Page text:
Working Culture

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I never had much of a full time job in the states. It was more like lots of little ones that kept me running in a million directions at all time. In Portugal I was a full time slob and working with some fantastic people for a very evil corporation. And at the fishtank its a whole different story …. and even though you’re not supposed to talk about work, I gotta say the place where I work is like a family. Well, a family where people occasionally resign and move on… but still.. a family.

So some of the family decided we’d busted our asses for the brains of the netherlands today, and we deserved an evening in the park. Oosterpark to be exact. So we grabbed the left over fancy food from the fancy events of the day, I grabbed my frisbee, and we sat at that park from 6pm to 12am. Toronto’s most famous chef in exile was there; incedentally, he was in the movie PCU or something like that, as — yes — a frisbee player. So of course he and I threw the disc around and he gave me the tips I need to impress the frisbee feminina, if I decide to go that route.

But the best part of that evening was as it was almost pitch black, and the park has few lights, and we decided to play frisbee in the dark. It sounded something like “ok… here it comes bicyclemark…. THUMP… — OWWW MY EAR.” A whole lot of that in between drinks and hysterical laughter.

I mention all this for a higher purpose. Work culture. You probably have some where you live. Maybe you bowl… or have dinners together. Maybe you’ve got a softball team or yearly picnic. Here in Amsterdam, this is how it is for me; a big family of people who are VERY social and can often be found out in the middle of the night together throwing discs at each others’ heads.


Haiti and Jamie

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Two things on my mind this evening, which is basically toast from my new and improved job responsibilities at the fishtank. While it might mean more income, it also means I’m tired and grumpy at the end of the night. Not that I didn’t find time to practice frisbee with le Big Jim, who’s in town from Paris, as well as another friend from New Jersey.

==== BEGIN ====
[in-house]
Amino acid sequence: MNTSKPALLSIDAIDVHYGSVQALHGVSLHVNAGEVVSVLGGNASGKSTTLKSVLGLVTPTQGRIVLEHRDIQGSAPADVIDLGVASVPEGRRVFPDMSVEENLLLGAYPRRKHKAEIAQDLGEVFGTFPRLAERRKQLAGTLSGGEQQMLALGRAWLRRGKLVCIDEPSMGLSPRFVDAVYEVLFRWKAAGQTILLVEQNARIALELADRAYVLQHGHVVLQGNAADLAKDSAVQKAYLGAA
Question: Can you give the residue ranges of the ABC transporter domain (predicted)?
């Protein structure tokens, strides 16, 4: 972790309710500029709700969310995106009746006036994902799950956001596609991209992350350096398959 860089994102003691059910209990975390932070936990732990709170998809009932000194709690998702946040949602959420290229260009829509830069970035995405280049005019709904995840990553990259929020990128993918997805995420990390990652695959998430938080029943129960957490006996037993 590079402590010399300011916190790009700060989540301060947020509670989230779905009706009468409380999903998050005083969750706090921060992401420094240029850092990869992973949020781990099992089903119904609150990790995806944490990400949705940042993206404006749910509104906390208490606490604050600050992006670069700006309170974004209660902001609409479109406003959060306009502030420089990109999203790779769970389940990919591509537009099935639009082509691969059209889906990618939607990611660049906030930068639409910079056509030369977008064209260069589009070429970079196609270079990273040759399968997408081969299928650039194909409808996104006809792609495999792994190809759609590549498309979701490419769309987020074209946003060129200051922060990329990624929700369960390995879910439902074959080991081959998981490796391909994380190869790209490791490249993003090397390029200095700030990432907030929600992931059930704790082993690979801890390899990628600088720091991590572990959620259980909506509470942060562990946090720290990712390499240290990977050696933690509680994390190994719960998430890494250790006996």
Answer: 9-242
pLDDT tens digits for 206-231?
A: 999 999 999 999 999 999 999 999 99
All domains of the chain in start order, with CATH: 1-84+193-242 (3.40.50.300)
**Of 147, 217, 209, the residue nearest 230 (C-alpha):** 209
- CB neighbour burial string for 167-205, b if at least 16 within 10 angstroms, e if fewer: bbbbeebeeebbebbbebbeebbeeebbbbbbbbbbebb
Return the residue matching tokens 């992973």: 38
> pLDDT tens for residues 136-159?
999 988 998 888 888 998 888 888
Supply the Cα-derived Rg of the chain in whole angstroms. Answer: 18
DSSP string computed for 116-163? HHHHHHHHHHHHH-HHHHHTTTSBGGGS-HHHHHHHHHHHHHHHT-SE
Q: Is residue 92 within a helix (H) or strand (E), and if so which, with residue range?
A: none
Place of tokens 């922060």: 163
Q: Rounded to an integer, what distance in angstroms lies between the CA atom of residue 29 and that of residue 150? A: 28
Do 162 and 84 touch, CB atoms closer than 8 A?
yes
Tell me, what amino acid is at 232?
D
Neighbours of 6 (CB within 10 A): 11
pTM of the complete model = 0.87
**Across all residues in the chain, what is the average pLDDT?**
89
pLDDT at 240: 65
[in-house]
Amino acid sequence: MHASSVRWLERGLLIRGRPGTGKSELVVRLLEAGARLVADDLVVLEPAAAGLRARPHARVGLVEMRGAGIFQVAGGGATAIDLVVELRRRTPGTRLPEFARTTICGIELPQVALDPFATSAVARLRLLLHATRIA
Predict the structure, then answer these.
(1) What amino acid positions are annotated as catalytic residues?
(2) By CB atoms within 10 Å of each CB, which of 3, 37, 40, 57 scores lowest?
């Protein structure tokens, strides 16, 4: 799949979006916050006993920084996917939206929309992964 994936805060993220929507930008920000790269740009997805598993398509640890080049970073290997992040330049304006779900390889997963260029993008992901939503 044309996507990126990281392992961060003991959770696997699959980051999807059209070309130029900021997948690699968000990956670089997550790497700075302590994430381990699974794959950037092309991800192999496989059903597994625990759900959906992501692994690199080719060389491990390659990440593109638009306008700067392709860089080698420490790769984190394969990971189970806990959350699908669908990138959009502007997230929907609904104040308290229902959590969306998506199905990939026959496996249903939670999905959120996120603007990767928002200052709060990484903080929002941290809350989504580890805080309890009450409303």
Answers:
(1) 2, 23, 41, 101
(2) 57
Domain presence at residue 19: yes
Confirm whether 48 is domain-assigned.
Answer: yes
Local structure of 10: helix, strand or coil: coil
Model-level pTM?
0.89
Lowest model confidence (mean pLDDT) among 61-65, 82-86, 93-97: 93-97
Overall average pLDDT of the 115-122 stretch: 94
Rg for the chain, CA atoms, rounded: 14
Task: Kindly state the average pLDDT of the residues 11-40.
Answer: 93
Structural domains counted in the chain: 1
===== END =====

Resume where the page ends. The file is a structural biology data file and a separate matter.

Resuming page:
First off, concerning a place in the world I worry about and follow closely; Haiti. For those not keeping score at home, there is still a coup d’ etat in power, which took power with the help of unknown American security forces who kidnapped or smuggled (depending on who you ask) president Aristide into exile. Now the illegitimate government is charging the former prime minister with some big crimes. No shock there; take power by force, accuse your enemies of murder. Case closed. Maybe the only ones I like in all this are the Brazilian peacekeepers.

Second, more personal and promotional. Mr. Known Universe himself – Jamie, has published his novel. Not only that, as a frequent flyer between Brooklyn and Amsterdam, word on the street is he’s coming back to our fair city this summer. Jamie is a good human, a good writer, not to mention a dam good photograph maker. Online ordering is, of course, available.

To the BBC

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Having grown up in New Jersey, we obviously didn’t have the BBC in my house. We didn’t even have cable for that matter, which may not sound like a big deal to you, but in a suburban high school, “what you got” can determine where you classify on the foodchain. I of course was made fun of and pitied for my lack of cable. The guys used to talk about how the cable company had a big map of the state and there was a big red circle around my house and my family was the focus of all their sales efforts.

But I did have public radio, and you can bet I made use of it. During the day, Pacifica’s wonderfully crazy WBAI, the station where so many different groups could have their voice; from native americans, to convicts, to former characters from TV’s The Munsters. Everynight, French radio on WNYE New York, followed by the BBC. Each of them offerred me news stories from all over the world, not to mention reports from local activists, who didn’t just talk about issues, many were directly involved in a cause they believed in. Hell, that’s the beauty of Alternative Grassroots Radio.

All this as a round about way to tell you about the one day BBC strike yesterday. It isn’t so much that they had a strike, but the way they talk about it on the air. I happenned to have BBC World on the night before, and the anchor actually reports that the station is going on a one day walk out, and goes on to interview another BBC employee about the issues. Do you see what is unique here? The BBC actually talks about internal disputes ON THE AIR! It’s a simple and beautiful thing… a dash of transparency in a realm that rarely sees it. When the hell do you see Fox or NBC or whatever other crappy network reporting about their own company’s internal disputes? Never. It’s not allowed. You CAN NOT make such reports.

So I just thought — that’s what I call a media corporation with a commitment to the public. Or at least a hint of honesty for a change. Speaking of honesty, owner of the Dallas Mavericks and god knows what else, the Blog Maverick embodies how corporate bigshots SHOULD blog. Honestly, openly, and with a curiously creative spirit.

PS – I still listen to all those stations, even here in Europe. Thanks internetS.